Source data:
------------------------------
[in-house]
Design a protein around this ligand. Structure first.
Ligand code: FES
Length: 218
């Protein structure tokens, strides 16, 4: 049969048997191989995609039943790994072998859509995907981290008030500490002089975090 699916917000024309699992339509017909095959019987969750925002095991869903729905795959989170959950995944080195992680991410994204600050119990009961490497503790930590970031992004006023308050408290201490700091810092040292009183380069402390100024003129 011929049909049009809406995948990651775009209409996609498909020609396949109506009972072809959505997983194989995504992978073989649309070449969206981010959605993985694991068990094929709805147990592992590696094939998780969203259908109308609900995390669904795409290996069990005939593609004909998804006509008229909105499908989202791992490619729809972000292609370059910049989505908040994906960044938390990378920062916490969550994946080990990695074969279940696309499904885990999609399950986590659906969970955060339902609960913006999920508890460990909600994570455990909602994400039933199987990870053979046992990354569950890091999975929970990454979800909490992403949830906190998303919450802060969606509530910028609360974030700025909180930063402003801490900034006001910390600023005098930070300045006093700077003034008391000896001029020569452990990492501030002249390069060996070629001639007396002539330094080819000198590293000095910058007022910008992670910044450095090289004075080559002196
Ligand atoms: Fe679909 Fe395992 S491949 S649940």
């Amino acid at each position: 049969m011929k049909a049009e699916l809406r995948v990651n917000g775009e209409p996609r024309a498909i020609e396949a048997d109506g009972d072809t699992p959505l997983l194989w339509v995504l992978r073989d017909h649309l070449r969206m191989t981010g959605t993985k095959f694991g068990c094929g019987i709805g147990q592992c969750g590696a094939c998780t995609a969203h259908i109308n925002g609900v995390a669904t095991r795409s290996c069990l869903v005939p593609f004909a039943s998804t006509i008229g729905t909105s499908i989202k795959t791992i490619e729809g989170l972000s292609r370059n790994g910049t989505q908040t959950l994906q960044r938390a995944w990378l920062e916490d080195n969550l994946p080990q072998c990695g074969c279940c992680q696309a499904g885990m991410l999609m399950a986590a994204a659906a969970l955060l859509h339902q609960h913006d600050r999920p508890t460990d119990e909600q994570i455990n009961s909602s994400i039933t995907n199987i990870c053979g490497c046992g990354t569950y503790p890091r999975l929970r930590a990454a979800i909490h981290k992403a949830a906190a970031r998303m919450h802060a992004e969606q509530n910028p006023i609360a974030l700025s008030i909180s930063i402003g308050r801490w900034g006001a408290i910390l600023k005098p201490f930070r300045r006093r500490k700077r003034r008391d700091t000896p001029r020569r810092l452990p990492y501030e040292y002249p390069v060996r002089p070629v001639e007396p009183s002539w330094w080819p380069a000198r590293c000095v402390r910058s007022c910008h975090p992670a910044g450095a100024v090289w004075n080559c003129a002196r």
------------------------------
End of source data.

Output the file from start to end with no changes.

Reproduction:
[in-house]
Design a protein around this ligand. Structure first.
Ligand code: FES
Length: 218
């Protein structure tokens, strides 16, 4: 049969048997191989995609039943790994072998859509995907981290008030500490002089975090 699916917000024309699992339509017909095959019987969750925002095991869903729905795959989170959950995944080195992680991410994204600050119990009961490497503790930590970031992004006023308050408290201490700091810092040292009183380069402390100024003129 011929049909049009809406995948990651775009209409996609498909020609396949109506009972072809959505997983194989995504992978073989649309070449969206981010959605993985694991068990094929709805147990592992590696094939998780969203259908109308609900995390669904795409290996069990005939593609004909998804006509008229909105499908989202791992490619729809972000292609370059910049989505908040994906960044938390990378920062916490969550994946080990990695074969279940696309499904885990999609399950986590659906969970955060339902609960913006999920508890460990909600994570455990909602994400039933199987990870053979046992990354569950890091999975929970990454979800909490992403949830906190998303919450802060969606509530910028609360974030700025909180930063402003801490900034006001910390600023005098930070300045006093700077003034008391000896001029020569452990990492501030002249390069060996070629001639007396002539330094080819000198590293000095910058007022910008992670910044450095090289004075080559002196
Ligand atoms: Fe679909 Fe395992 S491949 S649940």
């Amino acid at each position: 049969m011929k049909a049009e699916l809406r995948v990651n917000g775009e209409p996609r024309a498909i020609e396949a048997d109506g009972d072809t699992p959505l997983l194989w339509v995504l992978r073989d017909h649309l070449r969206m191989t981010g959605t993985k095959f694991g068990c094929g019987i709805g147990q592992c969750g590696a094939c998780t995609a969203h259908i109308n925002g609900v995390a669904t095991r795409s290996c069990l869903v005939p593609f004909a039943s998804t006509i008229g729905t909105s499908i989202k795959t791992i490619e729809g989170l972000s292609r370059n790994g910049t989505q908040t959950l994906q960044r938390a995944w990378l920062e916490d080195n969550l994946p080990q072998c990695g074969c279940c992680q696309a499904g885990m991410l999609m399950a986590a994204a659906a969970l955060l859509h339902q609960h913006d600050r999920p508890t460990d119990e909600q994570i455990n009961s909602s994400i039933t995907n199987i990870c053979g490497c046992g990354t569950y503790p890091r999975l929970r930590a990454a979800i909490h981290k992403a949830a906190a970031r998303m919450h802060a992004e969606q509530n910028p006023i609360a974030l700025s008030i909180s930063i402003g308050r801490w900034g006001a408290i910390l600023k005098p201490f930070r300045r006093r500490k700077r003034r008391d700091t000896p001029r020569r810092l452990p990492y501030e040292y002249p390069v060996r002089p070629v001639e007396p009183s002539w330094w080819p380069a000198r590293c000095v402390r910058s007022c910008h975090p992670a910044g450095a100024v090289w004075n080559c003129a002196r």